The flop shot Tiger Woods pulled out of his bag on the 70th hole of the Memorial Tournament was reminiscent, though not as dramatic, as the one he made during one of his Masters victories.
But the shot he made on No. 16 at Muirfield Village on Sunday surely will become part of Tiger lore.
The shot Woods called one of the toughest he ever made, highlighted a finishing kick – three birdies in the final four holes – and enabled him to shoot a 5-under 67, turning a two-shot deficit into a two-shot victory over Rory Sabbatini and fast-closing Andres Romero.
Coming off a two-putt birdie on the 15th, Woods hit an 8-iron over the green at the par-3 16th and into an dreadful lie. The ball was buried in deep rough, the pin 50 feet away along a ridge. Woods hit a full flop shot, hoping to give himself a reasonable putt for par.
The ball flopped onto the green and rolled into the right side of the hole. Woods gave one of those arm pumping motions that he uses – seldom lately – on great shots.
It was the shot that will be remembered as the one Tiger used to tie Jack Nicklaus, the Memorial Tournament host , for second-place on the all-time PGA Tour win list with 73.
Nicklaus was in the TV booth when Tiger pulled off the magical shot.
“The most unbelievable, gutsy shot I’ve ever seen,” Jack said.
“Under the circumstances, it was either fish or cut bait,” Nicklaus said later. “He had one place to land the ball. He’s playing a shot that if he leaves it short, he’s going to leave himself again a very difficult shot. If he hits it long, he’s going to probably lose the tournament. He lands the ball exactly where it has to land. Going in the hole was a bonus. But what a shot!
“I don’t think under the circumstances I’ve ever seen a better shot.”
Woods, who finished at 9-under 279, won the Memorial for the fifth time. At age 36, he is 10 years younger than Nicklaus when the Golden Bear won his 73rd tournament at the 1986 Masters. Sam Snead holds the PGA Tour record with 82 wins.
Spencer Levin, who had a one-shot lead going into the final round, lost the lead to Sabbatini with a two-shot swing on the par-3 12th, then took double bogey on the next hole to fall from contention. He closed with a 75, the same score he shot in the final round at Phoenix when he had a six-shot lead.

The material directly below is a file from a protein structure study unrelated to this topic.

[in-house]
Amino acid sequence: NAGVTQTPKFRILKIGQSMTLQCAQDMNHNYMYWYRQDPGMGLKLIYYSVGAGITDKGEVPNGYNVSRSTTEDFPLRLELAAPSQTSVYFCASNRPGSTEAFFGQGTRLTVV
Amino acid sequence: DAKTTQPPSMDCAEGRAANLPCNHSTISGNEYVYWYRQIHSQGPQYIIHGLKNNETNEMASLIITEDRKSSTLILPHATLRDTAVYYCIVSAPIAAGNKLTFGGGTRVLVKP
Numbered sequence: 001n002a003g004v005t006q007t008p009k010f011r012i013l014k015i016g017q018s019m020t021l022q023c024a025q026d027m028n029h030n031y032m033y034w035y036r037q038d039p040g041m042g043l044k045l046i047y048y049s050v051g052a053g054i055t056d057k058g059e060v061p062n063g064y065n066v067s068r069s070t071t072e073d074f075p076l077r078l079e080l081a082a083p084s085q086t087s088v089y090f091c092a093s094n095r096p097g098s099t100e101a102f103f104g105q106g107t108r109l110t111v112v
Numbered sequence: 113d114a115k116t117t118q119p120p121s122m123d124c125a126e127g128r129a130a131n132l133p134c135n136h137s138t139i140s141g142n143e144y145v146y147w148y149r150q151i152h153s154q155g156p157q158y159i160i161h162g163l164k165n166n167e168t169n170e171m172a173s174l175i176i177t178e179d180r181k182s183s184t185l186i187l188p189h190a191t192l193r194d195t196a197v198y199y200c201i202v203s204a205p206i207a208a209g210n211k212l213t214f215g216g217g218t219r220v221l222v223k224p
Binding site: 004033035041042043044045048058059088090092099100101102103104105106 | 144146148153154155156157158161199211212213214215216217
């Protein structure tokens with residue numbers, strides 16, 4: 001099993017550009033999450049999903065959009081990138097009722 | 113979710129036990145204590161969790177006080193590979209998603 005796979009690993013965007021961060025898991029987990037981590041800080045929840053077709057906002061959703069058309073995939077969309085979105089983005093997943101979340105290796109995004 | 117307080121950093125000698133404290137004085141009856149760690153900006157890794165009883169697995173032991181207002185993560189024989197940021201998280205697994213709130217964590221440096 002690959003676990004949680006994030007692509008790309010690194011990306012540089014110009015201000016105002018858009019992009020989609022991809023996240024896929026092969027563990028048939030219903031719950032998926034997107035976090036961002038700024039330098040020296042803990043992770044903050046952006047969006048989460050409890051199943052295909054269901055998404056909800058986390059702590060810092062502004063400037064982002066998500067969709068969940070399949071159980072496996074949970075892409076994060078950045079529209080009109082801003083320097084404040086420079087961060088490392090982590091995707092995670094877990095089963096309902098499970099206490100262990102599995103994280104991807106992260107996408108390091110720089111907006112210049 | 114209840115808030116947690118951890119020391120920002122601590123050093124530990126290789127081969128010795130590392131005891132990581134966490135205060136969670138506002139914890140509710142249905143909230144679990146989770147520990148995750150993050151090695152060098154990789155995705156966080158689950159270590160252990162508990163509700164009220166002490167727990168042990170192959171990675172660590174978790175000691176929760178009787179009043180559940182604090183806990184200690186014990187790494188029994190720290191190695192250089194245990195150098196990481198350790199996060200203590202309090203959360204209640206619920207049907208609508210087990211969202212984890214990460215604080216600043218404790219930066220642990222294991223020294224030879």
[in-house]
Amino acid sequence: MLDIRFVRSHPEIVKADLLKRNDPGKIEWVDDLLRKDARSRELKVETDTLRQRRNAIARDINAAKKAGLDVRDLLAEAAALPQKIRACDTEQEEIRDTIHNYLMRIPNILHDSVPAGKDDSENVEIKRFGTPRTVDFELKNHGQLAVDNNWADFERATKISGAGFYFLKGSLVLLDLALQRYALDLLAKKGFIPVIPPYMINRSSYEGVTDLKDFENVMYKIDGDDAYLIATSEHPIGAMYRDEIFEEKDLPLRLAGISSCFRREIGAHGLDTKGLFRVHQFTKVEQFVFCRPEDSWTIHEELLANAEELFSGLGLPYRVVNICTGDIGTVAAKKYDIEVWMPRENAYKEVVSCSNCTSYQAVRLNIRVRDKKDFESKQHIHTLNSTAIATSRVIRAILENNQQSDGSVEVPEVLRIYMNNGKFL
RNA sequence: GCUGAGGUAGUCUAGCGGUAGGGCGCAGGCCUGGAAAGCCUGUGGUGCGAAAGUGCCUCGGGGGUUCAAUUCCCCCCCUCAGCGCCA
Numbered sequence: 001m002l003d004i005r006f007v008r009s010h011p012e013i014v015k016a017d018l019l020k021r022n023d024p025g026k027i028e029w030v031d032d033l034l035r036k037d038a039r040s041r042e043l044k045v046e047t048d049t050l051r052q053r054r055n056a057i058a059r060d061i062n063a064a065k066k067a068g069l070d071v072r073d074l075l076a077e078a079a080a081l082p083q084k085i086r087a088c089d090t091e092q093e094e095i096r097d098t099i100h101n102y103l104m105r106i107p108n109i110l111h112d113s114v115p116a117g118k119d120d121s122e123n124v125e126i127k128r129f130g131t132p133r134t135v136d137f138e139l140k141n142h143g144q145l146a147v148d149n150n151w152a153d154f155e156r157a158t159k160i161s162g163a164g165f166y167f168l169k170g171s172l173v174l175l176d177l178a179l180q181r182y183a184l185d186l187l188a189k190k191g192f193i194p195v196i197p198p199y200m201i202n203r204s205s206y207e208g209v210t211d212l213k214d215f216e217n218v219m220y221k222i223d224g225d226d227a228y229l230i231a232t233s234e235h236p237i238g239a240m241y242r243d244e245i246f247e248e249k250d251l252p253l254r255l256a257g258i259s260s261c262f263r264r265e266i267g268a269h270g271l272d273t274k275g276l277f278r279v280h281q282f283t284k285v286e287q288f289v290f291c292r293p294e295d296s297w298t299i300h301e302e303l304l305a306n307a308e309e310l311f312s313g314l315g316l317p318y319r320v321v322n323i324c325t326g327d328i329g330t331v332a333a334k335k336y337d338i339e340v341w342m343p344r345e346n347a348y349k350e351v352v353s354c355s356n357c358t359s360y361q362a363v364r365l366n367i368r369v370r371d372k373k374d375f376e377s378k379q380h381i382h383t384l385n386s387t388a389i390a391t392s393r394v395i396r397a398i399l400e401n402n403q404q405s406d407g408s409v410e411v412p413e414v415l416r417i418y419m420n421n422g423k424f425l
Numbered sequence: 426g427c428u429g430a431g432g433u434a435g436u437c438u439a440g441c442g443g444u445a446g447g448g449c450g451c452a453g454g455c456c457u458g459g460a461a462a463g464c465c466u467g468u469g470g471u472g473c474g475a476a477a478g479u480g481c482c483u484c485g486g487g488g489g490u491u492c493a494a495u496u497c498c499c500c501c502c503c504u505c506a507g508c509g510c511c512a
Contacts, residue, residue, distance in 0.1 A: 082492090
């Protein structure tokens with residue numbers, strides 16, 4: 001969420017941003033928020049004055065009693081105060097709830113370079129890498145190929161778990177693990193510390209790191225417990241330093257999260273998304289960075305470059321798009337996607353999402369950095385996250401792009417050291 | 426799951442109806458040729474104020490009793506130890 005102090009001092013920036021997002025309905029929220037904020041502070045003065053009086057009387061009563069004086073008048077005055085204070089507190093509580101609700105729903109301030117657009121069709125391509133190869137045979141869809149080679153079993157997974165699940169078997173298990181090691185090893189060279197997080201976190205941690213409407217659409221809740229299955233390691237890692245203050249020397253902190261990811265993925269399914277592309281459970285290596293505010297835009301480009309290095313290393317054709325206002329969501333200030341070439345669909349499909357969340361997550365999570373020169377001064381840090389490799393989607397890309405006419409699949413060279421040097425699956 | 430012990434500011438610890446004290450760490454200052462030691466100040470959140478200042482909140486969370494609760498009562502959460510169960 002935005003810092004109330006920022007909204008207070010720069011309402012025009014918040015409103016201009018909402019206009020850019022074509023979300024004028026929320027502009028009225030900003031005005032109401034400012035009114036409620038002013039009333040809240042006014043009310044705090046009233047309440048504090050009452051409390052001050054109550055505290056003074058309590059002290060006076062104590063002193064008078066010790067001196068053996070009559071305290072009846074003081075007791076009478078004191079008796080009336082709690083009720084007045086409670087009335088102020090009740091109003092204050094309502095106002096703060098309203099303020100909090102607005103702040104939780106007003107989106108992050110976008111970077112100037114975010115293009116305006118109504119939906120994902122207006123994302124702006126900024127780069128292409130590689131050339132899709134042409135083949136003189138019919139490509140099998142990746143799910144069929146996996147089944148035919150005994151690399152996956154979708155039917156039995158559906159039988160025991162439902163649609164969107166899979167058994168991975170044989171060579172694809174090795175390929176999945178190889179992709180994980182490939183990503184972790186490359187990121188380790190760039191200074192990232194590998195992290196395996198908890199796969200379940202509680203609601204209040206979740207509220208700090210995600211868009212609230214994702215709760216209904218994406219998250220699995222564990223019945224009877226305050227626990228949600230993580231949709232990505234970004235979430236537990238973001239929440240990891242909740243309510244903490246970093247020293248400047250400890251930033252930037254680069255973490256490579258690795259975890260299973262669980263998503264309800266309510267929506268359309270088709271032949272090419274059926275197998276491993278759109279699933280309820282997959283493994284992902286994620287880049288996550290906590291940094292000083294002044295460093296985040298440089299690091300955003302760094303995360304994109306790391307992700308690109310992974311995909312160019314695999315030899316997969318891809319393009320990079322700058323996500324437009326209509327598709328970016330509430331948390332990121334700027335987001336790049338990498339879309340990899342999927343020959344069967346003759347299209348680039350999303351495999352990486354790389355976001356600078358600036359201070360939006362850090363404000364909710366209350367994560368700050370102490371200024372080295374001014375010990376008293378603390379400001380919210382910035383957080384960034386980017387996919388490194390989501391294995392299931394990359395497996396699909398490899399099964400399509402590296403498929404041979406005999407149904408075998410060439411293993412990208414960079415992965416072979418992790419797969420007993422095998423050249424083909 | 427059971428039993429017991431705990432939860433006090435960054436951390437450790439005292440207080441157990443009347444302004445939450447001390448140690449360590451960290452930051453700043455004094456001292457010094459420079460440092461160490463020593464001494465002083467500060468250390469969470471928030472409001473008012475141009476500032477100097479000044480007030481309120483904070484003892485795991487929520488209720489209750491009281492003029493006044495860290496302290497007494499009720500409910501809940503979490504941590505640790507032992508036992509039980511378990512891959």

That was nothing compared with Rickie Folwer who played in the second-to-last group with Woods to help generate an enormous gallery. Fowler opened with a birdie, and his day fell apart after that. With a double bogey on the last hole, he closed with an 84. The only consolation for Fowler was getting a front-row seat to a comeback remarkable even by Woods’ standards — especially the chip-in on the 16th. Fowler said a good shot would have been anywhere around 10 feet.
“It came out perfect, landed right on the crown of that ridge there, and the rest is history,” Fowler said. “I mean, he loves being in the moment, and that’s where he kind of gets down, focuses and hits those shots. It was fun to see.”
It was the second time this year Woods has won in his final tuneup before a major. He won Bay Hill, but then tied for 40th at the Masters. The U.S. Open at Olympic Club starts on June 14, and Woods would be quite happy to take the game he had Sunday to San Francisco.
“That was some good stuff out there,” Woods said. “I never really missed a shot today.”
*In his second appearance at the Memorial Tournament, Daniel Summerhays carded a 69 in the final round to finish 5-under, T4. The T4 is Summerhays’ career-best finish on the PGA TOUR. He previously finished T5 at the Mayakoba Golf Classic earlier this year. He also finished T7 at this year’s Puerto Rico Open, the only other top 10 of his career on TOUR in 44 career starts.
*Rickie Fowler entered the final round at 5-under alone in third but struggled to an 84 in the final round and finished T52. The 84 is Fowler’s highest score on the PGA TOUR. His previous high score was a 79 in the final round of the Northern Trust Open earlier this year.
*Jonathan Byrd closed with a 71 in the final round to finish T6, his second consecutive top 10 at the Memorial Tournament following a T7 in 2011. He also finished T3 in 2009.
*Reigning PGA TOUR Player of the Year and World No. 1 Luke Donald closed with a 68 to finish 12th. Donald finished T6 and T7 at the Memorial Tournament in 2008 and 2011, respectively.
*Winner of the Memorial Tournament in 2010, Justin Rose carded 69 in the final round to finish the tournament at 3-under, alone in 8th. The top 10 is Rose’s fifth of the season, including a victory at the World Golf Championships-Cadillac Championship.
*In his 21st start at the Memorial Tournament, Fred Couples carded a 71 in the final round to finish at 6-over, T50. Couples, who won the Memorial Tournament in 1998, will captain the United States team in The Presidents Cup at Muirfield Village Golf Club in 2013.
*In his first start since the World Golf Championships-Cadillac Championship after recovering from a back injury, Dustin Johnson carded a 75 in the final round to finish 2-over, T19.
*Greg Owen’s T9 is his first top 10 on the PGA TOUR since the 2009 John Deere Classic (T9), a span of 41 starts.
*Japan’s Ryo Ishikawa finished T9 at 2-under par and earned $167,400. A special temporary member on the PGA TOUR, Ishikawa has made $763,631 in 2012 (coupled with World Golf Championships earnings). As a point of reference, in 2011, No. 125 on the money list earned $668,166.
*Defending champion Steve Stricker finished T50 at six-over par.